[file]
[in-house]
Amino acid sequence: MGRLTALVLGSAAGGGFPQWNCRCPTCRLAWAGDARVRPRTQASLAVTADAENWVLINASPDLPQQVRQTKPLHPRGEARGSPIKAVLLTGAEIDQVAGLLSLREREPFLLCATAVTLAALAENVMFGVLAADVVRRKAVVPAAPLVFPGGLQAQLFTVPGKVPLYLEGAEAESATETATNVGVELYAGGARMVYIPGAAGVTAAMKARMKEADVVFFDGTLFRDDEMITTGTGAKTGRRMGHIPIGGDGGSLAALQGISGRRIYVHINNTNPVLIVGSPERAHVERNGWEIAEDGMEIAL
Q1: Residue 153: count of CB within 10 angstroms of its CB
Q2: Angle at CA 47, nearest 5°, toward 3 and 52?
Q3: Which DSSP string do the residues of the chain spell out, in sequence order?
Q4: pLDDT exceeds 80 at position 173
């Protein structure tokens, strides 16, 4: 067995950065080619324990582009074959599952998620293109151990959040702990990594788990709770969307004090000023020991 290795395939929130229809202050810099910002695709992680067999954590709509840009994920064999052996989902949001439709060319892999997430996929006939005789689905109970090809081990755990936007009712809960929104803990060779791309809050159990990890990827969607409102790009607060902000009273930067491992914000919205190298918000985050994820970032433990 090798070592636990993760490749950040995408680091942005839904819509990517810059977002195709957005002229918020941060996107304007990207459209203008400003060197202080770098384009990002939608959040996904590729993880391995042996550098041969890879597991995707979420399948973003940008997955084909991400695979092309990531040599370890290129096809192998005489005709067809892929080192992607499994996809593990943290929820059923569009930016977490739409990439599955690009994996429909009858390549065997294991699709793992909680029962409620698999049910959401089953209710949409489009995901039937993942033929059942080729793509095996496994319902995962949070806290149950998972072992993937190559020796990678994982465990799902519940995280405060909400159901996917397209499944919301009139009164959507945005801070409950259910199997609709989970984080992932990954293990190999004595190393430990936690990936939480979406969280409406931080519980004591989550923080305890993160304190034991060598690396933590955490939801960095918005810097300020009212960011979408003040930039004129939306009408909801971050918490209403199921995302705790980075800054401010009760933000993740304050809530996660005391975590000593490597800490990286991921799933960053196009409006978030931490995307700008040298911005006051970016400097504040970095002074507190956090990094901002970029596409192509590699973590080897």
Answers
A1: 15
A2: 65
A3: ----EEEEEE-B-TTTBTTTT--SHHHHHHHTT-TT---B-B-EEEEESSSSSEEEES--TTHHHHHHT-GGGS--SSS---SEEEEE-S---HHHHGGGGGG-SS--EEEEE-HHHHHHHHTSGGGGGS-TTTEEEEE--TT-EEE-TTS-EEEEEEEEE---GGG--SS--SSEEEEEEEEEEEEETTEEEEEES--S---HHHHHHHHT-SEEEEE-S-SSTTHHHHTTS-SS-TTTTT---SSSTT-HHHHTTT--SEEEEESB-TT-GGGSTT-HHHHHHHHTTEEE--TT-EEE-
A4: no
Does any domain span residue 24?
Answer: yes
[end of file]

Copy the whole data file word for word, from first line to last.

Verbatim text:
[in-house]
Amino acid sequence: MGRLTALVLGSAAGGGFPQWNCRCPTCRLAWAGDARVRPRTQASLAVTADAENWVLINASPDLPQQVRQTKPLHPRGEARGSPIKAVLLTGAEIDQVAGLLSLREREPFLLCATAVTLAALAENVMFGVLAADVVRRKAVVPAAPLVFPGGLQAQLFTVPGKVPLYLEGAEAESATETATNVGVELYAGGARMVYIPGAAGVTAAMKARMKEADVVFFDGTLFRDDEMITTGTGAKTGRRMGHIPIGGDGGSLAALQGISGRRIYVHINNTNPVLIVGSPERAHVERNGWEIAEDGMEIAL
Q1: Residue 153: count of CB within 10 angstroms of its CB
Q2: Angle at CA 47, nearest 5°, toward 3 and 52?
Q3: Which DSSP string do the residues of the chain spell out, in sequence order?
Q4: pLDDT exceeds 80 at position 173
């Protein structure tokens, strides 16, 4: 067995950065080619324990582009074959599952998620293109151990959040702990990594788990709770969307004090000023020991 290795395939929130229809202050810099910002695709992680067999954590709509840009994920064999052996989902949001439709060319892999997430996929006939005789689905109970090809081990755990936007009712809960929104803990060779791309809050159990990890990827969607409102790009607060902000009273930067491992914000919205190298918000985050994820970032433990 090798070592636990993760490749950040995408680091942005839904819509990517810059977002195709957005002229918020941060996107304007990207459209203008400003060197202080770098384009990002939608959040996904590729993880391995042996550098041969890879597991995707979420399948973003940008997955084909991400695979092309990531040599370890290129096809192998005489005709067809892929080192992607499994996809593990943290929820059923569009930016977490739409990439599955690009994996429909009858390549065997294991699709793992909680029962409620698999049910959401089953209710949409489009995901039937993942033929059942080729793509095996496994319902995962949070806290149950998972072992993937190559020796990678994982465990799902519940995280405060909400159901996917397209499944919301009139009164959507945005801070409950259910199997609709989970984080992932990954293990190999004595190393430990936690990936939480979406969280409406931080519980004591989550923080305890993160304190034991060598690396933590955490939801960095918005810097300020009212960011979408003040930039004129939306009408909801971050918490209403199921995302705790980075800054401010009760933000993740304050809530996660005391975590000593490597800490990286991921799933960053196009409006978030931490995307700008040298911005006051970016400097504040970095002074507190956090990094901002970029596409192509590699973590080897």
Answers
A1: 15
A2: 65
A3: ----EEEEEE-B-TTTBTTTT--SHHHHHHHTT-TT---B-B-EEEEESSSSSEEEES--TTHHHHHHT-GGGS--SSS---SEEEEE-S---HHHHGGGGGG-SS--EEEEE-HHHHHHHHTSGGGGGS-TTTEEEEE--TT-EEE-TTS-EEEEEEEEE---GGG--SS--SSEEEEEEEEEEEEETTEEEEEES--S---HHHHHHHHT-SEEEEE-S-SSTTHHHHTTS-SS-TTTTT---SSSTT-HHHHTTT--SEEEEESB-TT-GGGSTT-HHHHHHHHTTEEE--TT-EEE-
A4: no
Does any domain span residue 24?
Answer: yes